Author Topic: FNMA and FMCC preferreds. In search of the elusive 10 bagger.  (Read 4194212 times)

Midas79

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Re: FNMA and FMCC preferreds. In search of the elusive 10 bagger.
« Reply #15520 on: May 21, 2020, 09:20:17 AM »
"@midas
Is a prepaid asset (ie the dividend overage from the NWS) classified as equity under GAAP?"

I asked TH once and he said no

Technically, that's not what I asked.

I previously did some calculations on FnF's balance sheets in their 10-K forms, and the numbers they report for core capital were precisely the sum of all equity-section balance sheet entries other than senior pref stock and AOCI.

When (if?) FnF get a tax credit from Treasury, they will book it in the asset section of the balance sheet. The offsetting entry has to go in the equity section somewhere. My question is: will it go to a line item that counts towards core capital (tier 1) and/or CET1? If the offsetting entry is in retained earnings then the answer to both is yes, while if it's AOCI (or some new item that they don't count towards core capital) then it's no.


cherzeca

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Re: FNMA and FMCC preferreds. In search of the elusive 10 bagger.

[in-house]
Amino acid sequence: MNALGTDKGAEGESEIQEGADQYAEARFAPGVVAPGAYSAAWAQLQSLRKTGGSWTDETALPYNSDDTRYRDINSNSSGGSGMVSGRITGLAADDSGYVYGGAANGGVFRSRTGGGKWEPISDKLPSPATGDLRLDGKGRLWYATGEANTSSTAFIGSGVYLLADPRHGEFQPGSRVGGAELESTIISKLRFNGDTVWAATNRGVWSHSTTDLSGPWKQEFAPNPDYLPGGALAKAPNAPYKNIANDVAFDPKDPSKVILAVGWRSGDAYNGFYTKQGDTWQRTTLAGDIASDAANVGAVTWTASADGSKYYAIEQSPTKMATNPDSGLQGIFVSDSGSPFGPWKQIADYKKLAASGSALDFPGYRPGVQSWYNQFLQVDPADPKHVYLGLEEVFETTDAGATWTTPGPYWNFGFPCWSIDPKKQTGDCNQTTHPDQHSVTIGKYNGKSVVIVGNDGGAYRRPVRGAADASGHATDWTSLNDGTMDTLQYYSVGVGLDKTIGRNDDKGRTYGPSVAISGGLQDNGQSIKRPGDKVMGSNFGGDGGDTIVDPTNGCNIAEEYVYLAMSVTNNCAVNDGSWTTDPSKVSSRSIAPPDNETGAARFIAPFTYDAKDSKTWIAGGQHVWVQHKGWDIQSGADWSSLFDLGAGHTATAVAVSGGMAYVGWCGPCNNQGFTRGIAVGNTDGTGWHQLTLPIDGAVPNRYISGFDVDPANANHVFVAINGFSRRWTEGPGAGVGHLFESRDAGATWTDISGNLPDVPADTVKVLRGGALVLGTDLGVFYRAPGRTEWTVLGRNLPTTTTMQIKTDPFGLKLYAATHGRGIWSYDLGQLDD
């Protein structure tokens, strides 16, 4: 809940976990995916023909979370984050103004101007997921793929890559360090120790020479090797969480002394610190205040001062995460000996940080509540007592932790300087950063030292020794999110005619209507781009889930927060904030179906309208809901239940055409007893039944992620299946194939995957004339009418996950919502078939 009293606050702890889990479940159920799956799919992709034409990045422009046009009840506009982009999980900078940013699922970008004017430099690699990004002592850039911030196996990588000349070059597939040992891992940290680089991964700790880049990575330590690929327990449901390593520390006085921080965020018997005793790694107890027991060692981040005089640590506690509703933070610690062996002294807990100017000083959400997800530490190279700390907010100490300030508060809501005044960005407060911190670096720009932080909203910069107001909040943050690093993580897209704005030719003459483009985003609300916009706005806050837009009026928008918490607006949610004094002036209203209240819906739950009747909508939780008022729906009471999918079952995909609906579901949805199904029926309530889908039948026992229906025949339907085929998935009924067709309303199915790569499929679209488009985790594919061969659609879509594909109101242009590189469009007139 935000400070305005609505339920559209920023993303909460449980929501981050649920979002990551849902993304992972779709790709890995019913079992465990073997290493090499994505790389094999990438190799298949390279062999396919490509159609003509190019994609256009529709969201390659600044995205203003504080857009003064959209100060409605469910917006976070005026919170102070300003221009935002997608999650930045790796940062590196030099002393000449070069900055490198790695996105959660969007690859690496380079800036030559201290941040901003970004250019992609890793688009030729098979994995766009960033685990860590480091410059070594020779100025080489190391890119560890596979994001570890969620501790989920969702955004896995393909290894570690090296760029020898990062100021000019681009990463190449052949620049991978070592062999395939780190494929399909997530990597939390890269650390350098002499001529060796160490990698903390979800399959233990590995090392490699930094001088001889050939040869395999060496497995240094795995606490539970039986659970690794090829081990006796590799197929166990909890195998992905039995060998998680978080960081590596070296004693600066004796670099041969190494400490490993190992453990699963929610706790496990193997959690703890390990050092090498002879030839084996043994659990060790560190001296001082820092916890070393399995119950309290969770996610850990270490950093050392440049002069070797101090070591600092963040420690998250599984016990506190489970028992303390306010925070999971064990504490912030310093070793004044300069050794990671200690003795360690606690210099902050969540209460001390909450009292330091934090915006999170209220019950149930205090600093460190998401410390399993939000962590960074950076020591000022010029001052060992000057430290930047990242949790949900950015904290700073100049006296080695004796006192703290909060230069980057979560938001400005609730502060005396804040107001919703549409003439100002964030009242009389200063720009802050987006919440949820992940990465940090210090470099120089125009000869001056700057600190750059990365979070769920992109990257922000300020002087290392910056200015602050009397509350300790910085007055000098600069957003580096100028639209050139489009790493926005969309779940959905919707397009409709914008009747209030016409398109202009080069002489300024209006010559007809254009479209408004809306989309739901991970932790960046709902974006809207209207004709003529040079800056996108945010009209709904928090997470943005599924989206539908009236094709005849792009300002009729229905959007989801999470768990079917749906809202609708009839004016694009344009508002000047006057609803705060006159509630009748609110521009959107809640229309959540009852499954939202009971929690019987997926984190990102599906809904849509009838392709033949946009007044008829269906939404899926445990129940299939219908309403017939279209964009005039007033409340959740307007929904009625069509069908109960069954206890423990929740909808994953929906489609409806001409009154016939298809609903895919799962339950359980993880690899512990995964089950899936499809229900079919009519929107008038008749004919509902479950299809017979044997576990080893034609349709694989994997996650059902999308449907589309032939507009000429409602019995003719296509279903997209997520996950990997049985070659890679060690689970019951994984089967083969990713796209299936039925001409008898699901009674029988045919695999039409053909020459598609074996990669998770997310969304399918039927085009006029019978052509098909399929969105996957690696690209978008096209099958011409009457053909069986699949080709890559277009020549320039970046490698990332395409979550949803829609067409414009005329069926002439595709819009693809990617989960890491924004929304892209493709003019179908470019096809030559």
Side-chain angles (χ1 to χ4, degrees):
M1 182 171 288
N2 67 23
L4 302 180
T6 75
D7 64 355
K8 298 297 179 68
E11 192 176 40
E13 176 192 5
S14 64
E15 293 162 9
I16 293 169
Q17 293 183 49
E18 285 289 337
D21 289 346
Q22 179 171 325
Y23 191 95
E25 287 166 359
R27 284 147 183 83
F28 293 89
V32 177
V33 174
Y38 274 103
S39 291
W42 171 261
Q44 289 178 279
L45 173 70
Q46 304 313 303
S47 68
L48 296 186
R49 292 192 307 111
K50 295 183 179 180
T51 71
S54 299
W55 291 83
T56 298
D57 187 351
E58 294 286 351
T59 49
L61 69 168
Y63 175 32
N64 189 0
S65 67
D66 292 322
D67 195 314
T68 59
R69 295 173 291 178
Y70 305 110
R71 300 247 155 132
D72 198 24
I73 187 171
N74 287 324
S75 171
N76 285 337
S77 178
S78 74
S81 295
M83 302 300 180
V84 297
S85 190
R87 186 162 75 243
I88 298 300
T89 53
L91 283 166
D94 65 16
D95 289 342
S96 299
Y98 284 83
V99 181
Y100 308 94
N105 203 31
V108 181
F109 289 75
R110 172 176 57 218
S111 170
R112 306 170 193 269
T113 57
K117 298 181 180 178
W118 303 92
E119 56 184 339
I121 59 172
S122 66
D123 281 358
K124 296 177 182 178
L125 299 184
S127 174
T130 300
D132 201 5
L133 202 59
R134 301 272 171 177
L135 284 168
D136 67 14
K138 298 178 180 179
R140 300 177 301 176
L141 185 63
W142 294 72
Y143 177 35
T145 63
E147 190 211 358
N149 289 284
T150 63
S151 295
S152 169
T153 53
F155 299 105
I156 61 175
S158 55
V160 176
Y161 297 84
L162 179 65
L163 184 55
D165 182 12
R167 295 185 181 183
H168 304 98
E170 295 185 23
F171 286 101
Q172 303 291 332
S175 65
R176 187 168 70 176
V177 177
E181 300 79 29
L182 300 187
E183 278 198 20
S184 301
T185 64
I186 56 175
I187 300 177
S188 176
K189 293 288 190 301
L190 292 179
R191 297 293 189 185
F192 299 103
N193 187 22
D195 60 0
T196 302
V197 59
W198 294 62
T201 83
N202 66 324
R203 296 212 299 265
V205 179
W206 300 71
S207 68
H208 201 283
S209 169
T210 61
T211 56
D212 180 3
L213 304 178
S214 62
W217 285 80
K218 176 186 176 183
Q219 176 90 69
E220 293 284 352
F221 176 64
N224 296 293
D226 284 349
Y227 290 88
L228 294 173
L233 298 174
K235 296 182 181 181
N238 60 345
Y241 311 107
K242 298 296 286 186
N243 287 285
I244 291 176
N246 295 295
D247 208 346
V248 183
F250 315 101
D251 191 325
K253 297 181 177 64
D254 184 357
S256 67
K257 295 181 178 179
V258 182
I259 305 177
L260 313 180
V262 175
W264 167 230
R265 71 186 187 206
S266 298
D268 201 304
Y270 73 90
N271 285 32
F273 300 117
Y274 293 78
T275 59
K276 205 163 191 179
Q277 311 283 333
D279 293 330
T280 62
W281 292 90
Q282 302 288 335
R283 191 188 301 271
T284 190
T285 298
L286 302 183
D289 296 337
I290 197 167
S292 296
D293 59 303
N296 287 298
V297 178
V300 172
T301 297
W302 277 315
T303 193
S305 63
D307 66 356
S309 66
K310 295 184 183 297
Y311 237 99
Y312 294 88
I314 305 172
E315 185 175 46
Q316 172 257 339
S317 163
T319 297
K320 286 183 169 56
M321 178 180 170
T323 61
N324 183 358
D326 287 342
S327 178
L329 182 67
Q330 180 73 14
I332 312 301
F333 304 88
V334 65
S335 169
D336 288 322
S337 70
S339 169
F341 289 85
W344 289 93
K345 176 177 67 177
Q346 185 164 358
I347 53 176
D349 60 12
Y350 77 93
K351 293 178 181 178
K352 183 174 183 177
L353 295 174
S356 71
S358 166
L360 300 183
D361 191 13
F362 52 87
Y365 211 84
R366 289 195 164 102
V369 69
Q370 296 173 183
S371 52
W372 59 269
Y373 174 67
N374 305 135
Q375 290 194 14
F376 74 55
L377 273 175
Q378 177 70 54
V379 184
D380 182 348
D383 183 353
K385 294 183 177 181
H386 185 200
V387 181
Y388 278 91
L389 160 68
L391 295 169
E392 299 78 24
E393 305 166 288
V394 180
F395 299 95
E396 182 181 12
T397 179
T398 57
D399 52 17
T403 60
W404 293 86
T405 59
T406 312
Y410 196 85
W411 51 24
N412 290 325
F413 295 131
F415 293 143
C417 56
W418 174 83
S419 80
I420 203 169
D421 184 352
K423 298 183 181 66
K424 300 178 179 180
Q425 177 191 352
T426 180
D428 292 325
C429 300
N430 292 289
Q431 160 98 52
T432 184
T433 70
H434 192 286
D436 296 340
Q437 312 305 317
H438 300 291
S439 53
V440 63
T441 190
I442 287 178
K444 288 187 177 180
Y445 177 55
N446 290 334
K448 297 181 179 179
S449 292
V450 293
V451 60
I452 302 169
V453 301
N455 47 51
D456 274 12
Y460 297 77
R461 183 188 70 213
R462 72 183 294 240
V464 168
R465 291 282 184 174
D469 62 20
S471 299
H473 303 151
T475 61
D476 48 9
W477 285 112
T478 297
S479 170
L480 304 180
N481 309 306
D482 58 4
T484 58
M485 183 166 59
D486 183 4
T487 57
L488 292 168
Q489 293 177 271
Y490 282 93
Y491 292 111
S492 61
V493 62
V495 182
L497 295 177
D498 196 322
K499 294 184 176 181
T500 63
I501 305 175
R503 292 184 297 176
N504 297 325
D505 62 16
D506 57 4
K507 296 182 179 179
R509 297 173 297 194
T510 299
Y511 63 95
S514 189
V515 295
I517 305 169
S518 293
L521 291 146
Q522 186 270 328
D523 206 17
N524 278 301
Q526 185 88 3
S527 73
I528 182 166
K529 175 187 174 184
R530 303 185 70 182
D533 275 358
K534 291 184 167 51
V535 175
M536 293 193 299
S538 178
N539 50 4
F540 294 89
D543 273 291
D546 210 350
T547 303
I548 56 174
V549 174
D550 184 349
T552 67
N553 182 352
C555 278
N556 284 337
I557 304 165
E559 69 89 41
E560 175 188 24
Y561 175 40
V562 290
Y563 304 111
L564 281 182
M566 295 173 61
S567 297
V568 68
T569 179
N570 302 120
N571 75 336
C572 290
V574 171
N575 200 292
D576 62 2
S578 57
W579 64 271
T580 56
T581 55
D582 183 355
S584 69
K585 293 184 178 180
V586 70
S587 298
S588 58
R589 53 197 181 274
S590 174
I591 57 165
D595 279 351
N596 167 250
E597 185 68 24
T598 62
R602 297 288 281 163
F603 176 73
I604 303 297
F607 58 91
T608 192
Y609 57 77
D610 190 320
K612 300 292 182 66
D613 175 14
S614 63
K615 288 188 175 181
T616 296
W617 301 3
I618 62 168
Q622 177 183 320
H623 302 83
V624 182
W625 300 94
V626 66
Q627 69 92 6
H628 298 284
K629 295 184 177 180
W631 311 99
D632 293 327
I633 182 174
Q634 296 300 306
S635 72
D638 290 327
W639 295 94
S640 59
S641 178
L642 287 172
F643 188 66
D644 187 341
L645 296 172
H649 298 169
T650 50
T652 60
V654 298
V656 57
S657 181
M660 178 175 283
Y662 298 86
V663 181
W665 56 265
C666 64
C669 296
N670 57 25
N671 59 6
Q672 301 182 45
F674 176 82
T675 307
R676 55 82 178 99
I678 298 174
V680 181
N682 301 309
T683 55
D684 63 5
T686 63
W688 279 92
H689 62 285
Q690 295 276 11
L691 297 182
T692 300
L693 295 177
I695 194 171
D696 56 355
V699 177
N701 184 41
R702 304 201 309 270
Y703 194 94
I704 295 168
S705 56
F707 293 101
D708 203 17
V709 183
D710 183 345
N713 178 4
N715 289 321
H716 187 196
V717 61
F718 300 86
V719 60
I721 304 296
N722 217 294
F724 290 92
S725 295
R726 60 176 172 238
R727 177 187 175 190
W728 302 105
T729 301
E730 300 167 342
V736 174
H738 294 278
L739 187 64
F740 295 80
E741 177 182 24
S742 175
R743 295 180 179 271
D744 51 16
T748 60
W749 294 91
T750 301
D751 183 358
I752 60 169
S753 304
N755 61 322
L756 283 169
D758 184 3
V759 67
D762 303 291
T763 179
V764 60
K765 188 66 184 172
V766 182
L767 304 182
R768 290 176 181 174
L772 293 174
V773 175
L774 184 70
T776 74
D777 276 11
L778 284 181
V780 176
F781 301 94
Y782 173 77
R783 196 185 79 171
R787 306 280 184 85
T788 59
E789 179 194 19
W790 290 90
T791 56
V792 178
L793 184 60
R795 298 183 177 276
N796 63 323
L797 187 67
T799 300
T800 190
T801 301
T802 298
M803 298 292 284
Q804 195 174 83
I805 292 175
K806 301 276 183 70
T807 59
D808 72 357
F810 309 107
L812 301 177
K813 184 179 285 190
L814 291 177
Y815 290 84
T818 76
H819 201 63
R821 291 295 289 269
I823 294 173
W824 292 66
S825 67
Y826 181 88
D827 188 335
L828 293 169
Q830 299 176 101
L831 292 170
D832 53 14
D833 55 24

« Reply #15521 on: May 21, 2020, 09:29:18 AM »
Have we settled on what the capital requirement is yet?
Could anyone clearly explain this to their boss?

The main restraint to reach level 1 (non buffer) freedom is the $152bn leverage requirement.  This can include common + preferred.   I guess the $152bn drops to about $140bn in the final rule and $40bn is preferred so roughly $100bn common equity to hit this threshold. 

The buffers are level 2.  The buffers are in the document to satisfy the anti-FnF'rs.   There is wiggle room both in the size and time to get there.   Dividends aren't crucial right away and the exec bonus rules can be massaged per the document's questions.  I guess the $100bn buffers will drop to $80bn so I think about it in four $20bn increments.

So the real common equity requirements are somewhere between 100bn and 180bn but the latter is many years out, big phase in.

the real question is whether investors in capital markets will get fussed by these div restrictions in the capital buffers...I can only say that they have seen this before re the banks after the GFC.  I also think that for issuers like the GSEs that earn a ton of net income, having even a restricted div bucket permits them to repurchase plenty of stock

assuming this is real, this is important:

https://twitter.com/HoldenWalker99/status/1263325016030162944?s=20

cherzeca

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Re: FNMA and FMCC preferreds. In search of the elusive 10 bagger.
« Reply #15522 on: May 21, 2020, 09:38:40 AM »
@midas

"When (if?) FnF get a tax credit from Treasury, they will book it in the asset section of the balance sheet. The offsetting entry has to go in the equity section somewhere. My question is: will it go to a line item that counts towards core capital (tier 1) and/or CET1? If the offsetting entry is in retained earnings then the answer to both is yes, while if it's AOCI (or some new item that they don't count towards core capital) then it's no"